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How to Grow and Care for a Bonsai Tree

Four Methods:Picking Out a Bonsai TreeKeeping a Bonsai Tree HealthyTraining a Bonsai TreeDisplaying a Bonsai Tree

Bon sai is an art that has been practiced in Asia for many centuries. Bonsai trees are grown from the same seeds as trees that grow to full size. They are grown in small containers and trimmed and trained so that they remain small and elegant. Learn how to grow a bonsai tree, train it in one of the traditional bonsai styles, and care for it so that it stays healthy for many years to come.

Method 1
Picking Out a Bonsai Tree

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    Select a tree species. The type of tree you grow should be reliant on the environment where you'll be keeping it. Your region's climate and your home environment should both be taken into account when you're deciding which species of tree to grow. To be on the safe side, select a species that is indigenous to your part of the world.
    • Deciduous species such as Chinese or Japanese elms, magnolias, oaks, and crabapple trees are good selections if you'd like to grow your bonsai outside. Just be sure to pick out a species that can grow to full size in your region.[1]
    • If you prefer coniferous trees, junipers, pines, spruces, or cedars all make excellent choices.
    • If you want to grow a tree indoors (or if you live in a hot climate), consider a tropical species. Jade, snowrose, and olive trees may be grown as bonsais.
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    Decide whether to plant the tree from seed. Planting a bonsai tree from seed is a slow but rewarding process. If you plant a tree, you'll have to allow it time to take root and grow strong before you can begin trimming and training. Depending on the species of tree you grow, this could take up to five years.[2] Many find the extra wait and effort to be worth it, since seeds are so inexpensive and the grower is able to control the tree at every stage of growth. To grow a bonsai from seed, take the following steps:
    • Buy a package of bonsai tree seeds. Soak them overnight before planting them in soil with good drainage and the right nutrient composition for your tree species. Plant the tree in a training container (as opposed to a ceramic display container, which is only used once the tree has been trained and reached maturity).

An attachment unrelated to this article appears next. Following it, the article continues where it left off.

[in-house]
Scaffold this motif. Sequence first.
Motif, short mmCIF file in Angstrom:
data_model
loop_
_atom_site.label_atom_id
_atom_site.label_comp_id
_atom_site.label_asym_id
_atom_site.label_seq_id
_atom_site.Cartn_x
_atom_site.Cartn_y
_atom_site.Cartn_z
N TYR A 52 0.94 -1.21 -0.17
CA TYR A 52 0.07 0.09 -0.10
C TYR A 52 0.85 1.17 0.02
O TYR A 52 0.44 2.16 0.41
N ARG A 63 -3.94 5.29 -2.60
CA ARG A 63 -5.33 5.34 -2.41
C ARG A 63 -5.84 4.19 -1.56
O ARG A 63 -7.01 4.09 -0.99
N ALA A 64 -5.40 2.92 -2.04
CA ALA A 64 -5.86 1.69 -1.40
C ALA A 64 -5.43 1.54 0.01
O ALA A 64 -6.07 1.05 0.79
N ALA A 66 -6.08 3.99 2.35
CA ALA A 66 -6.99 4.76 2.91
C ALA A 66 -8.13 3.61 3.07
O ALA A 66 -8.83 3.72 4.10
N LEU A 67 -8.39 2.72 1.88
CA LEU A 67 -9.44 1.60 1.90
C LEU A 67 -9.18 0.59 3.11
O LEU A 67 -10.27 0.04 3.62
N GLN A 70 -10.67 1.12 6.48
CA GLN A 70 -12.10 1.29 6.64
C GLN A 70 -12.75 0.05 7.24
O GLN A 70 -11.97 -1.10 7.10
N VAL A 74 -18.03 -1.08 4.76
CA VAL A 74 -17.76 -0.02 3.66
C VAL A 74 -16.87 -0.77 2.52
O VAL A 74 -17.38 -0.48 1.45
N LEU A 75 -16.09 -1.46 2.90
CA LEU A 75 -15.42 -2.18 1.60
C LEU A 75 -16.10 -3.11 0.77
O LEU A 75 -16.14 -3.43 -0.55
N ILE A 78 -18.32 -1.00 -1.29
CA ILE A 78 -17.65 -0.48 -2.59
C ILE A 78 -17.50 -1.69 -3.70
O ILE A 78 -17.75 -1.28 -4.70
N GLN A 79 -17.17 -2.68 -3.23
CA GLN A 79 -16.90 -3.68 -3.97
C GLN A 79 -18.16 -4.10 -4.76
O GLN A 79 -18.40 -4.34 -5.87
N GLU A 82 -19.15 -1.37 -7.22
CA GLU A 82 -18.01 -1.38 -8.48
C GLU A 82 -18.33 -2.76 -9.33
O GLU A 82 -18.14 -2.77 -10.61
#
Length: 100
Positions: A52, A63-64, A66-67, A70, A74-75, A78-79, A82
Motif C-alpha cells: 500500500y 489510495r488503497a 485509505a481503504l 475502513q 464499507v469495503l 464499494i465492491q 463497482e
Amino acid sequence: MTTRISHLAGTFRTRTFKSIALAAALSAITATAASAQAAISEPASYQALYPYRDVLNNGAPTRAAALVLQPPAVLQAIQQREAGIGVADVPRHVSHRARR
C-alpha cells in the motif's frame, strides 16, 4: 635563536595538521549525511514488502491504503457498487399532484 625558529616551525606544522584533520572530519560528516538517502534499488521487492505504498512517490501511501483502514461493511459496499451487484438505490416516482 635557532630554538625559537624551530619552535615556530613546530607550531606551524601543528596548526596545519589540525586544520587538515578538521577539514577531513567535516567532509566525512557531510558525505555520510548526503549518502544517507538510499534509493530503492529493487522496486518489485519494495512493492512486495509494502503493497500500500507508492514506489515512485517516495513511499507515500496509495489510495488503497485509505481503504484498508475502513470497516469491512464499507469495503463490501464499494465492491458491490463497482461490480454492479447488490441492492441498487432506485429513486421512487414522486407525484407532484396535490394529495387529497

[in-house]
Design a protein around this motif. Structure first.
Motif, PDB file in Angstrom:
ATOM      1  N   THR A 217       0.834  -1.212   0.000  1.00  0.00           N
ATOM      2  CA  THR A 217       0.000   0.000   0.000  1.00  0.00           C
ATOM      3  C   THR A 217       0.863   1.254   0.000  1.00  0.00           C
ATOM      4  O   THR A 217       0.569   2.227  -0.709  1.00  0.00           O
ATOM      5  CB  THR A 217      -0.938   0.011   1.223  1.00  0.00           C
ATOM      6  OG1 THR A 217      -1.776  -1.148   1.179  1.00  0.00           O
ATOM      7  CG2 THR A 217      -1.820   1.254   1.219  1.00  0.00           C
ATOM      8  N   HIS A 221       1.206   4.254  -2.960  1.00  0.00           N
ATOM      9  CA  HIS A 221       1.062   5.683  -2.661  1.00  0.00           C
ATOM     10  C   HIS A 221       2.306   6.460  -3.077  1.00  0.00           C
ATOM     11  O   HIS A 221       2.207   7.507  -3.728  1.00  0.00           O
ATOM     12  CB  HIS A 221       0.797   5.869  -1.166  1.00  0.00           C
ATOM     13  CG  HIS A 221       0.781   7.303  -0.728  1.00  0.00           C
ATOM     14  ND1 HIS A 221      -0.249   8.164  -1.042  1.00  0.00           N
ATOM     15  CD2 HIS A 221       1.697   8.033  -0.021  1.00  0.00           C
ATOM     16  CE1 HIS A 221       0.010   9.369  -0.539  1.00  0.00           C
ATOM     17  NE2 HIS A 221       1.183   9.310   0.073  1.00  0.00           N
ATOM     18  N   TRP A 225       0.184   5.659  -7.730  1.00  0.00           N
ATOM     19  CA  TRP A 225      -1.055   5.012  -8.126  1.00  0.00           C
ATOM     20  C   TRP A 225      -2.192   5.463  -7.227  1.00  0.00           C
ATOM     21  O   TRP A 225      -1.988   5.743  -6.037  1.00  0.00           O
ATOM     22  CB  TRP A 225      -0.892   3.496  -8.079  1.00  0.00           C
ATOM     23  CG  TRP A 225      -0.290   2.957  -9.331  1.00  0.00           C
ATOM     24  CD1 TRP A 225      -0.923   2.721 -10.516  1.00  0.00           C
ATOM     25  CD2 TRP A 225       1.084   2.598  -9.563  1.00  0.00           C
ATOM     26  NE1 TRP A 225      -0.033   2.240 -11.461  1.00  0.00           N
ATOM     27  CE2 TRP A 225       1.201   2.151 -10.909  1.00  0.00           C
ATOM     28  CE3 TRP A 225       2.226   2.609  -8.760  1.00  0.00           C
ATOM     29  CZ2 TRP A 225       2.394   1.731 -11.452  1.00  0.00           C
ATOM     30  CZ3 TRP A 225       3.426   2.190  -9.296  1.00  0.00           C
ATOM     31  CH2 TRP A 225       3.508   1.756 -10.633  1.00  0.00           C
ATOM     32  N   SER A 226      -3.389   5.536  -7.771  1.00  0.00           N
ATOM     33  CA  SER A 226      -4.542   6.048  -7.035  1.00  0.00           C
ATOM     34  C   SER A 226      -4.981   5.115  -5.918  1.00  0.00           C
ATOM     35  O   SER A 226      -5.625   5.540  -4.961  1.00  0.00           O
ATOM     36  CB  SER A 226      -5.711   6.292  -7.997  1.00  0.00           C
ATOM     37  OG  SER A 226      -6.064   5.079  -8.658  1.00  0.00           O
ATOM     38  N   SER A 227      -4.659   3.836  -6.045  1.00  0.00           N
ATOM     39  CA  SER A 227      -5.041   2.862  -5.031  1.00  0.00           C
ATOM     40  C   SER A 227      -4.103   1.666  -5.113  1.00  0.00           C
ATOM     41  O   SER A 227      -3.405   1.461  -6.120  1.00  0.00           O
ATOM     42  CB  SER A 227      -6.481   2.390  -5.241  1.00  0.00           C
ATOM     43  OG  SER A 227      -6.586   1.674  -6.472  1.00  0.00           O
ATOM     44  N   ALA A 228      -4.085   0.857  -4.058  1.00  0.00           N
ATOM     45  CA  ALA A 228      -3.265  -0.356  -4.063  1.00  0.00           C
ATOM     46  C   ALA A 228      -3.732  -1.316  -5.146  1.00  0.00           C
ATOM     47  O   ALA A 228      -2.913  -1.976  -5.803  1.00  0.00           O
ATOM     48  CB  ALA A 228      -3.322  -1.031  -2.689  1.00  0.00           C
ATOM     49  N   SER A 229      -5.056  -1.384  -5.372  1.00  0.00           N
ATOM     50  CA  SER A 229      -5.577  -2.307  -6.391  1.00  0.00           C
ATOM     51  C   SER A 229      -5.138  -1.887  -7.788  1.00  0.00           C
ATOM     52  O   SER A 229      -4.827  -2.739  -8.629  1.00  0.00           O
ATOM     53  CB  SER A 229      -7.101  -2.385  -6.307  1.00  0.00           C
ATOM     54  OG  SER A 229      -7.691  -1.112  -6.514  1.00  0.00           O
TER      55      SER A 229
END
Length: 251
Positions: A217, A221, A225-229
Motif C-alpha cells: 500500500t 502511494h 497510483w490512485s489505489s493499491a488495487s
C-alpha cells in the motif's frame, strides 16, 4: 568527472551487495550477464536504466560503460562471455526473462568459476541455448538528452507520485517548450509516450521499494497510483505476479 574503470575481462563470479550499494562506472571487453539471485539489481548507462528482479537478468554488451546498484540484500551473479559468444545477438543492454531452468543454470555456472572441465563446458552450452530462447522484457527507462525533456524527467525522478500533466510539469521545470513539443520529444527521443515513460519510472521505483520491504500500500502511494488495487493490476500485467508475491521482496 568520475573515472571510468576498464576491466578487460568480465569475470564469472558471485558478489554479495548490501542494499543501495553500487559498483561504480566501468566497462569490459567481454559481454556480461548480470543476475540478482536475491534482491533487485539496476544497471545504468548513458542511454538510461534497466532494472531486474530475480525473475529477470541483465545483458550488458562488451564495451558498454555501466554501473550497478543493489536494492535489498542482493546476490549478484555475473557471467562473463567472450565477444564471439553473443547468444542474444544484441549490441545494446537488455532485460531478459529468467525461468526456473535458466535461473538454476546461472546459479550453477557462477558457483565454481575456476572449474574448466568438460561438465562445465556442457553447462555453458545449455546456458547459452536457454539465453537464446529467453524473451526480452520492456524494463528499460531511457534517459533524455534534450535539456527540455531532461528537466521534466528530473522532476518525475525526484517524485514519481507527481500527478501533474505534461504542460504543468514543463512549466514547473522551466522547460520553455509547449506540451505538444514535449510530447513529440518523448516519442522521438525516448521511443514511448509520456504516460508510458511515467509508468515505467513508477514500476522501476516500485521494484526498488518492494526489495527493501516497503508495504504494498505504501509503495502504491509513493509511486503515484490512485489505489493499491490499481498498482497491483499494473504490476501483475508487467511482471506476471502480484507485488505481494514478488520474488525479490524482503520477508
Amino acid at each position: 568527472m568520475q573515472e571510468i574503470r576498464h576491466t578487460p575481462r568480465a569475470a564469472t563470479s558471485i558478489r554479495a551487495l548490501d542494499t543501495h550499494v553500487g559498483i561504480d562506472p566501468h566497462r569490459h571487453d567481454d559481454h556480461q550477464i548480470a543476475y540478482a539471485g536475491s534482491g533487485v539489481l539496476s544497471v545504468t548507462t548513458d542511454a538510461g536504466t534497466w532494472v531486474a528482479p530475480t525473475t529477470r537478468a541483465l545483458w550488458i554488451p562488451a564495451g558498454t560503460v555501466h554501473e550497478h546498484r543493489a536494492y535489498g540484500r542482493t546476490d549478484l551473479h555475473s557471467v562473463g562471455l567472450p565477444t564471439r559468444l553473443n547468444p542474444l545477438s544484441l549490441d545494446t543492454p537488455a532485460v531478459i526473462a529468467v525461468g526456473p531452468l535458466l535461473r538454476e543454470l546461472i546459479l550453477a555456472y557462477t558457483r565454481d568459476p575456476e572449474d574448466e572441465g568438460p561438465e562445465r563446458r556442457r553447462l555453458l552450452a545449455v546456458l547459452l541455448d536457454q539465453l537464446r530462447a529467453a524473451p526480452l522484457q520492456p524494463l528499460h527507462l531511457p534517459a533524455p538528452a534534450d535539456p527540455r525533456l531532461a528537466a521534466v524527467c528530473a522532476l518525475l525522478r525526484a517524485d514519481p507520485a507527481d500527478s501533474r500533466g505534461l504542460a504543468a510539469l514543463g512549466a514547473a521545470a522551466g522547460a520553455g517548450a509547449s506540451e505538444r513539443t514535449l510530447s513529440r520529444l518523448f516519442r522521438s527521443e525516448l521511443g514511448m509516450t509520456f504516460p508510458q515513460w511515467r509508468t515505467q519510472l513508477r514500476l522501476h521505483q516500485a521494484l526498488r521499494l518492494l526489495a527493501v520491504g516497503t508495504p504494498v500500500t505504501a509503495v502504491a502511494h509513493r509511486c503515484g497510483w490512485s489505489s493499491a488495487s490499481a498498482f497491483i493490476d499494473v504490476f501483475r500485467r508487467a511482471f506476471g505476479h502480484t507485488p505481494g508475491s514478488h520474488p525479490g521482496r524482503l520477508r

• Give the planted tree the correct amount of sun, water, and a consistent temperature, again dictated by the specific species of tree.
    • Allow the tree to become sturdy and strong before you begin to train it.
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    Consider foraging for a bonsai tree. This method of acquiring a bonsai tree is highly valued, since caring for a bonsai tree you find in the wild requires a lot of skill and knowledge. If collecting a tree that has had its start in nature appeals to you, consider the following factors:
    • Select a tree with a sturdy trunk, but one that is still quite young. Older trees won't adapt well to being placed in a container.
    • Choose a tree with roots that spread evenly in every direction, rather than growing laterally or entangled with the roots of other trees.
    • Dig around the tree and extract a large amount of soil along with the roots. This will prevent the tree from dying of shock when it is moved to a container.[3]
    • Plant the tree in a large training container. Care for it according to the needs of the particular species. Wait about a year for the roots to get used to the container before you begin training it.